• Dehydration: Dehydration is another common, yet life-threatening condition. Dehydration occurs when your body lacks sufficient fluid and electrolytes to function properly. Working outside for long periods of time without hydrating yourself can lead to dehydration. Symptoms of dehydration include dizziness and fainting, fatigue, and dark-colored urine.
  • Falls: Studies show that workplace falls are more likely to increase during the summer months due to an increase in the amount of outdoor work employers may require from workers.
  • Car Accidents: Employees whose job requires them to operate a motor vehicle are at a higher risk of getting into a car accident. Studies show that car accidents happen more often during the warmer months. Summer is also an ideal time for construction work, which may lead to more work-related accidents.
  • Skin Cancer: Too much sun exposure puts you at an increased risk for skin cancer and sunburn. This is especially true for construction workers who spend long hours in the sun.

Workers’ Compensation for Summer Work Injuries

Workers’ Compensation laws make it so that employers are responsible for providing employees with safe working conditions. Eligible employees are those who were injured or developed an illness due to performing a work-related task for the benefit of their employer. Workers’ Compensation pays for your medical expenses, disability payments while you are out of work, and even death benefits.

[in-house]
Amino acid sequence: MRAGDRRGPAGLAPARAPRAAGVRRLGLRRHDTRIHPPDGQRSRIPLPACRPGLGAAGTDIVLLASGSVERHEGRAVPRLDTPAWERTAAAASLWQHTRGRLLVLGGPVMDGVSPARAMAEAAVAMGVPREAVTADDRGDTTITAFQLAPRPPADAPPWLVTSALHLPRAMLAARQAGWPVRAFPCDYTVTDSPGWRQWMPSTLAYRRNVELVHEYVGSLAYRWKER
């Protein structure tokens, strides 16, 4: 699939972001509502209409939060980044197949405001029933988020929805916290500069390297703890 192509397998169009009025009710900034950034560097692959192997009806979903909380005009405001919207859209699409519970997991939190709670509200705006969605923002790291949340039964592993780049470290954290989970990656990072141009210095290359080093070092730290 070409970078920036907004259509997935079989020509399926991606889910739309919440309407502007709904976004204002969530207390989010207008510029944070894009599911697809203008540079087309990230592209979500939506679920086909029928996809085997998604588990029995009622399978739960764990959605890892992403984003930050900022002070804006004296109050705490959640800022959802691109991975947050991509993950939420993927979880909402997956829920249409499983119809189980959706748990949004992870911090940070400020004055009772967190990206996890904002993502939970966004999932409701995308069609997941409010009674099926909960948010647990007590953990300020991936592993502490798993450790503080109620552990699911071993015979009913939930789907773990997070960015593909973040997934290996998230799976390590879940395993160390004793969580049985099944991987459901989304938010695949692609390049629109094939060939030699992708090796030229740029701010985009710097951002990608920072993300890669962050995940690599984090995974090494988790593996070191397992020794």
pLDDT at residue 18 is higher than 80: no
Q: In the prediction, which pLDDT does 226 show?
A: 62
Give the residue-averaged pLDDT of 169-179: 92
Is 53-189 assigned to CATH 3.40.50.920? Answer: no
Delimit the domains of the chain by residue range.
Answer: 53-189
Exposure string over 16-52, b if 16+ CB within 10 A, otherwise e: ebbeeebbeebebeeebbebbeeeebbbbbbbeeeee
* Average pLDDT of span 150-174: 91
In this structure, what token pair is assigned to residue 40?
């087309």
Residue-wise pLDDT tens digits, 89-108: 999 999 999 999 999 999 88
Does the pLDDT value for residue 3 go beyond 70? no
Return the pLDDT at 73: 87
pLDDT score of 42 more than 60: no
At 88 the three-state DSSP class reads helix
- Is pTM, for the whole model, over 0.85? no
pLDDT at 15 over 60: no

Safe Practices During the Summer Months

The heat can be brutal for employees working out in the sun. To keep workers safe, employers should perform the following:

  • Allow frequent water breaks
  • Have an area set up specifically for employees to cool down
  • Educate employees so that they recognize symptoms of heat-related illnesses
  • Avoid having employees engage in heavy work during the hottest periods

Wilmington Work Injury Lawyers at Rhoades & Morrow Represent Clients Injured While on the Job

Summer work injuries can be fatal. If you or someone you know sustained an injury while on the clock, a knowledgeable Wilmington work injury lawyer at Rhoades & Morrow can help. Our experienced lawyers will fight to obtain the compensation you deserve for your injuries. For a free consultation, contact us online or call us at 302-427-9500 today. With locations in Wilmington, Bear, and Milford, Delaware, we proudly serve clients throughout the state, including Elsmere and Seaford.

drill safety

Powered Drill Safety

Milford Work Accident Lawyers discuss power drill safety. Construction workers rely on their tools – yet these devices are often the cause of serious accidents. According to Occupational Safety and Health Administration (OSHA) and Bureau of Labor Statistics (BLS) surveys, close to 400,000 yearly emergency room visits are caused by power tools and other work tools.